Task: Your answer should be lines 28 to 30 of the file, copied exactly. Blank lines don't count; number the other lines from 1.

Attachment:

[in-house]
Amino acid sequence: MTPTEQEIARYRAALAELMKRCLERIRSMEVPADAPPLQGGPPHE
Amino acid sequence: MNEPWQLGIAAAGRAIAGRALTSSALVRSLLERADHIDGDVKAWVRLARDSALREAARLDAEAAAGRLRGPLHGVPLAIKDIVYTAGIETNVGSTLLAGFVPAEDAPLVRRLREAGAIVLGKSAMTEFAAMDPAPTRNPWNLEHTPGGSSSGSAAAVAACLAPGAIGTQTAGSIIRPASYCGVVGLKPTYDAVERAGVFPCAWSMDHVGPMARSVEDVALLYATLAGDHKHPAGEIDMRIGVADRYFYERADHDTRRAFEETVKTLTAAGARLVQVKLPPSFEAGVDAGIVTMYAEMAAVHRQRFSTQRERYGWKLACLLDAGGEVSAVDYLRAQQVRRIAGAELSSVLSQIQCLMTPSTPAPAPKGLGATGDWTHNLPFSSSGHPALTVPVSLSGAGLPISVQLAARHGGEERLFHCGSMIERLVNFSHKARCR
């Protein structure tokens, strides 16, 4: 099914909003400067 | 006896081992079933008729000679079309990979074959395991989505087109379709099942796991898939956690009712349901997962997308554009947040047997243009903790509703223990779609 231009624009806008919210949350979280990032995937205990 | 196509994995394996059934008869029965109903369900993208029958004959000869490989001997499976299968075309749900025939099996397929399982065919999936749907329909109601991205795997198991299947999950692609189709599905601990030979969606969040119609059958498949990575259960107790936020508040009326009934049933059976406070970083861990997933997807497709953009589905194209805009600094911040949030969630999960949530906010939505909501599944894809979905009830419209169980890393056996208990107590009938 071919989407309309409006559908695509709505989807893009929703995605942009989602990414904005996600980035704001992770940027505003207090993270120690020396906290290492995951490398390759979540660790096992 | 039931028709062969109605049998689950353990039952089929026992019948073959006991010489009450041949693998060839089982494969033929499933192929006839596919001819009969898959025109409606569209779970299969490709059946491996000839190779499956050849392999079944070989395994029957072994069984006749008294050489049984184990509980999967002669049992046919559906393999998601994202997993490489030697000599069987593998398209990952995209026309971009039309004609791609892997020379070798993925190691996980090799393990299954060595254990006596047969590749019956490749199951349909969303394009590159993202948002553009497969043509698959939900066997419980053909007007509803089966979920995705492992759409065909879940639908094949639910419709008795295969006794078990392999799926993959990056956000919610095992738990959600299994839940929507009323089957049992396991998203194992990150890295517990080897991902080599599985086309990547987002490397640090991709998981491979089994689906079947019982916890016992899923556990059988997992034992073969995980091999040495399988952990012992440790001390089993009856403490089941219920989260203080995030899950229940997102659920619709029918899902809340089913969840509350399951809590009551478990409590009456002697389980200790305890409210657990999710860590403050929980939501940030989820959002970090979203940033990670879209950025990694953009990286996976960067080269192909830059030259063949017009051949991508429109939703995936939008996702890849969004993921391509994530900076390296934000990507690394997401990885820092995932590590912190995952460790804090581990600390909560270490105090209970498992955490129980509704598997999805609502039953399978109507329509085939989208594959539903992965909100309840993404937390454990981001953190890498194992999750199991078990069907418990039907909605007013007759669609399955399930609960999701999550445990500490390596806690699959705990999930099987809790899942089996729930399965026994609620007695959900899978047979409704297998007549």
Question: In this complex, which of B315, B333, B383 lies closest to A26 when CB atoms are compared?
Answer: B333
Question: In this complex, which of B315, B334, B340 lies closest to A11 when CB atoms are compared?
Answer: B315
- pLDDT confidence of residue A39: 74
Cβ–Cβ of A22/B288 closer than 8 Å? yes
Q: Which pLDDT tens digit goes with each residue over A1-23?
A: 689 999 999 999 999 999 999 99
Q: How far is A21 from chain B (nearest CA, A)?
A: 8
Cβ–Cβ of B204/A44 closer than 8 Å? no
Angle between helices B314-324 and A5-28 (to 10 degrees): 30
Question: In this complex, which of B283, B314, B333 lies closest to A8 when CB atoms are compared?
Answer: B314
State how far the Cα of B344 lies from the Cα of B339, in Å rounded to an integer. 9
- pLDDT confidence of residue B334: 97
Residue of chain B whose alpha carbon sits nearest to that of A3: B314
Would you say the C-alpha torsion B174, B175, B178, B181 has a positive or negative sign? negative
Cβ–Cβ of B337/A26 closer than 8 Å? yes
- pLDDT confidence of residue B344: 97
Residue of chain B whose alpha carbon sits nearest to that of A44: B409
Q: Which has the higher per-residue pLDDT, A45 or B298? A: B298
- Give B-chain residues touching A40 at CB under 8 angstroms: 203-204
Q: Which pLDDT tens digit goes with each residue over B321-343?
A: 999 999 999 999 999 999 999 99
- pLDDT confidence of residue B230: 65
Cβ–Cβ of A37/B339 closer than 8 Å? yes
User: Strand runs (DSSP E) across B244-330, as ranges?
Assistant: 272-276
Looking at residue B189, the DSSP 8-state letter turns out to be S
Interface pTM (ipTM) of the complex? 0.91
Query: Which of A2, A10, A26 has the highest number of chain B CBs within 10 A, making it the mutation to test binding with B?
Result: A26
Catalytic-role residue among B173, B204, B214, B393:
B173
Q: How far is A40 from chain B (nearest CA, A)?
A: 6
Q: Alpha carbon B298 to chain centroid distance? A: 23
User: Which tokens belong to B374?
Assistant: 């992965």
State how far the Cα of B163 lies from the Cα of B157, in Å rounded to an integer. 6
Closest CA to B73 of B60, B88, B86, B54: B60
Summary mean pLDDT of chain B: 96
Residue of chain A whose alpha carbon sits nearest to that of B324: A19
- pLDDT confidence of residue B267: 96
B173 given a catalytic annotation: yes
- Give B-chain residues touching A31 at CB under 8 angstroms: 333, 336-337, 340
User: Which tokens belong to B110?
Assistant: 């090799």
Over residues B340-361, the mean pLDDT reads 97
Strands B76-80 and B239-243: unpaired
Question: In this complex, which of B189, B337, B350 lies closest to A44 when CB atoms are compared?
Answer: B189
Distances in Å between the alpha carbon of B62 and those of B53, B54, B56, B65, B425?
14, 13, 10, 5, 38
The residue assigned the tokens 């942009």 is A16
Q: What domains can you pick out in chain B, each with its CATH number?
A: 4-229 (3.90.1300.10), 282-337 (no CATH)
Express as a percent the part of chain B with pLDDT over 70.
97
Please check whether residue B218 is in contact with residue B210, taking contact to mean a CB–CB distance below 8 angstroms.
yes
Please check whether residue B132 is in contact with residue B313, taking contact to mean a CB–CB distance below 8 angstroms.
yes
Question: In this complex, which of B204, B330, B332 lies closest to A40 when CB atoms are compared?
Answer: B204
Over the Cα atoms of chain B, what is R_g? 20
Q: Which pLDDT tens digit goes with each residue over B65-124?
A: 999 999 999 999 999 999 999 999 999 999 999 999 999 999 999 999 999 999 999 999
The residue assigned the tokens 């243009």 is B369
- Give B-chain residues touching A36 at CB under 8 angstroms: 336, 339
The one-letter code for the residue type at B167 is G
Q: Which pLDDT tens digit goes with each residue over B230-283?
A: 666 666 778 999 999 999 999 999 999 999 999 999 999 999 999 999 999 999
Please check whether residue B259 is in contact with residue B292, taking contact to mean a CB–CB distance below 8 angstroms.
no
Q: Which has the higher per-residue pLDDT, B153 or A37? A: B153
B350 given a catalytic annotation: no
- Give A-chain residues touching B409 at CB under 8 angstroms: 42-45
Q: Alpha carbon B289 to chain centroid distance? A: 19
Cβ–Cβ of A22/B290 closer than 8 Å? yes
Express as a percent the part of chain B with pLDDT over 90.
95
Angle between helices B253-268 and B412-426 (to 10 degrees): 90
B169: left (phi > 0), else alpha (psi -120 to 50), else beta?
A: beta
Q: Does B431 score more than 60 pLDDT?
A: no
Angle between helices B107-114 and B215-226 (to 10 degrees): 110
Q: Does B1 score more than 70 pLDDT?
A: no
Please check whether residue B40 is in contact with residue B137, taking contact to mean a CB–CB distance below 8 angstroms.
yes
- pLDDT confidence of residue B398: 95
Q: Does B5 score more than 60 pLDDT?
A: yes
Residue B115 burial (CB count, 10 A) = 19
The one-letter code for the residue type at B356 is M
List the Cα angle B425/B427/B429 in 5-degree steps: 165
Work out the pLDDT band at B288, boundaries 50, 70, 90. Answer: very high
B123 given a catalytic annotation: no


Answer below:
Q: Which pLDDT tens digit goes with each residue over B321-343?
A: 999 999 999 999 999 999 999 99
- pLDDT confidence of residue B230: 65